Michael Floyd emerges with experience

TEMPE, Ariz. – All it took for Michael Floyd to emerge as the receiver the Cardinals thought he’d be was a shoulder so sore he struggles to throw an overhand pass.

Two weeks ago, Floyd was questionable for the Jacksonville game with a sprained A/C joint. After being challenged by Arizona coach Bruce Arians to practice that week, the second-year receiver broke loose for 193 yards in Florida. A week later he had 104 against Indianapolis.

To the causal observer, Floyd looks fine. How else could he have 100 yards in back-to-back games for the first time since Larry Fitzgerald did it in 2011? But Floyd’s not totally healthy yet and he’s still playing at the highest level of his career. During practice Friday, Floyd tried playing catch with an assistant coach when he grimaced and grabbed his right shoulder after an overhand throw. From then on, he tossed the ball underhand.

“It’s going to stay sore the rest of the season, probably,” Arians said. “It’s just one of those things you have to fight through and play on Sunday.”

Sundays this season are quite different then Sunday’s last season for Floyd.

He’s the Cardinals' No. 2 receiver, behind Fitzgerald and in front of Andre Roberts, and he has a significant role in Arians’ two-wide receiver, two tight-end offense. Floyd has also improved his ball-catching, going from a receiver who had to catch the ball on his chest to someone who can catch a pass over his shoulder.

All it took was a year of experience.

“I would say that – 100 percent,” Floyd said. “Just being more comfortable out there on the field, getting more reps, just believing in yourself that you can get the job done and basically having that year under you, you realize that you’re a lot more comfortable, you realize what’s going on out there. You become yourself.”

If Floyd made this kind of jump between his first and second seasons, imagine what he’ll do between years two and three.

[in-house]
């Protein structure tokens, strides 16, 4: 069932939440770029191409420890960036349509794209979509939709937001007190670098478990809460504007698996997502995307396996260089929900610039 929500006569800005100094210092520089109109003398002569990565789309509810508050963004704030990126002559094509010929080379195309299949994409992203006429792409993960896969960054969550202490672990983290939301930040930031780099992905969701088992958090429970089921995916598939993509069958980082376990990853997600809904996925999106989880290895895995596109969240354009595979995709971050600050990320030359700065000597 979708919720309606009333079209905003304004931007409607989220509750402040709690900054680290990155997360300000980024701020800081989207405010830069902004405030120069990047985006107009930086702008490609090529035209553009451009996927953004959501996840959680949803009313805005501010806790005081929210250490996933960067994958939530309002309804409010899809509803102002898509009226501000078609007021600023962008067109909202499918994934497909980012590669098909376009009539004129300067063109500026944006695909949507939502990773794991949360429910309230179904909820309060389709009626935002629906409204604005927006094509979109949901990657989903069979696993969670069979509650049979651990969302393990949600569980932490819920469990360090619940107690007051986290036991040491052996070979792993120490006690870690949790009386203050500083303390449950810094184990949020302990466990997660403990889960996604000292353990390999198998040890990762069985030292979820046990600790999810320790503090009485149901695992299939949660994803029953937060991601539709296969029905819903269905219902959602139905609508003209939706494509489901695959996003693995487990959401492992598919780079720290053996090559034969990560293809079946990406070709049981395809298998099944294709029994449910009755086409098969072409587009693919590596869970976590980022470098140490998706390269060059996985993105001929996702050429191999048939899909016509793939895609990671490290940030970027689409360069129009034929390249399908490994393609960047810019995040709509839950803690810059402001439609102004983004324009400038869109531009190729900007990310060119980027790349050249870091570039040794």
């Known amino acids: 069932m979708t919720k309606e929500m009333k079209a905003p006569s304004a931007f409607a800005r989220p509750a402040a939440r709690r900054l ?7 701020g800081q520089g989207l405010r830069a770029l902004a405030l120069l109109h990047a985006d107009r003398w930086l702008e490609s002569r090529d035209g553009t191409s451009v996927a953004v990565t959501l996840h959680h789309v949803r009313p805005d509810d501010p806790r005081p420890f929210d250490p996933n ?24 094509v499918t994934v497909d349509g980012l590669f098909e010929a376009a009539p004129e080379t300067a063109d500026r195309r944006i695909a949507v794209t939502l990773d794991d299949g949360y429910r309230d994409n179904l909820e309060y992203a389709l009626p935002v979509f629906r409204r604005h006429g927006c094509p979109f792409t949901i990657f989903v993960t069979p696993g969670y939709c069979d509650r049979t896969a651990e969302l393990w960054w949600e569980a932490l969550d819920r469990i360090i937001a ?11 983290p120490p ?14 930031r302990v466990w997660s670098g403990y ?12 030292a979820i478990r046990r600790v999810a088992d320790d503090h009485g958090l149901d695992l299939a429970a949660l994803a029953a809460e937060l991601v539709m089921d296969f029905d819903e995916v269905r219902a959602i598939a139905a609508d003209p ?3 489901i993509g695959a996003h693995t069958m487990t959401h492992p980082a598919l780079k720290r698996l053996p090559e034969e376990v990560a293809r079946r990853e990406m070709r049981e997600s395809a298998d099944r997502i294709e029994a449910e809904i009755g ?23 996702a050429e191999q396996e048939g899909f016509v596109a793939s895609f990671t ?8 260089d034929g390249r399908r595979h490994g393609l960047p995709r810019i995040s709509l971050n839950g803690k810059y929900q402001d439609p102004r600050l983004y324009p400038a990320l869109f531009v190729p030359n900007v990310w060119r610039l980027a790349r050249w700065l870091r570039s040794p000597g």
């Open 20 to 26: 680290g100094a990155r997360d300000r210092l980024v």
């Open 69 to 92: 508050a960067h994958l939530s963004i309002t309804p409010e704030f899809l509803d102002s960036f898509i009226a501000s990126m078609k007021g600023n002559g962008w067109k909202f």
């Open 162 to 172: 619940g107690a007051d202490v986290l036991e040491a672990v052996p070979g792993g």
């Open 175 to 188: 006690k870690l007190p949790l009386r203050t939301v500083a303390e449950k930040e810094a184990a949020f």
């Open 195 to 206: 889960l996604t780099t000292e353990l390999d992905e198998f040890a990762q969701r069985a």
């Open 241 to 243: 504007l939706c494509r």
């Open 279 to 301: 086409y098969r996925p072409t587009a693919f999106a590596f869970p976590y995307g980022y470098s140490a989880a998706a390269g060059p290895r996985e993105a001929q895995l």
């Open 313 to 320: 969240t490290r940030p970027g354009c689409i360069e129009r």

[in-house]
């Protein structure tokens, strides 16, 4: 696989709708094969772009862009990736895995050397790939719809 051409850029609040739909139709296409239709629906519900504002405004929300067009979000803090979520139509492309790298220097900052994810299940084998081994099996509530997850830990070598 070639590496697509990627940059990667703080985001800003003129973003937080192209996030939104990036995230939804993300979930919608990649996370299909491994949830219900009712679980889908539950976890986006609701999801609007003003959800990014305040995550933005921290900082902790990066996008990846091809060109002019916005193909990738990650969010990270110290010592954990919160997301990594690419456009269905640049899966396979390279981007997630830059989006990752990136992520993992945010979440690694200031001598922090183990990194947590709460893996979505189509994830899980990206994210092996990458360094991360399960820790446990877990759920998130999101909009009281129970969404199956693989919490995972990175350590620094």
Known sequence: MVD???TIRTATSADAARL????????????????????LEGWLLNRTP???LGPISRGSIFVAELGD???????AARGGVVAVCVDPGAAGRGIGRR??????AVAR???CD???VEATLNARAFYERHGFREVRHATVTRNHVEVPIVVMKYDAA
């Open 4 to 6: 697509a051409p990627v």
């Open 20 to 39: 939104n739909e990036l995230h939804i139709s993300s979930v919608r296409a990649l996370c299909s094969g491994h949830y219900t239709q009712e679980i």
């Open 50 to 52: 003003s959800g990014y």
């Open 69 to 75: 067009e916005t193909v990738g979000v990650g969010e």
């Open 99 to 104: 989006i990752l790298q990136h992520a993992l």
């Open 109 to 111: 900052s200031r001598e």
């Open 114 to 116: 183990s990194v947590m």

Already through 11 games, he’s topped all his numbers from last season. His 49 receptions are four more than in 2012. He has 761 yards heading into Sunday’s game at Philadelphia compared to 562 in all of last season. His three touchdowns are one more than he had last year.

Floyd’s also making more big plays. His 91-yard touchdown against the Jags is the longest score of his career and he has 12 chunk catches, plays of 20 yards or more, compared to six last season. And his 35 first downs are more than he had in 2012 and are tied for the team lead.

Arians has liked Floyd since evaluating him before the 2012 draft.

“He’s a big guy and he played big,” Arians said. “There are a lot of big guys out there that don’t play big, and he can go up and [get] the ball off their head and make those types of plays. That’s what we expect out of him, but he’s becoming a very efficient route runner and a very sure-handed player.

“He’s also done a great job with blocking. He’s a big, physical guy. Right now, he’s becoming a complete package.”

While Floyd tried to downplay his past two games, it’s impossible to ignore his growth since last year. He spent the offseason working on his body. He’s leaner because he’s eating better.

The improvements to his body and his game are all paying off for Floyd.

“When you’re most comfortable out there, you become yourself,” he said. “It’s just like playing backyard football.”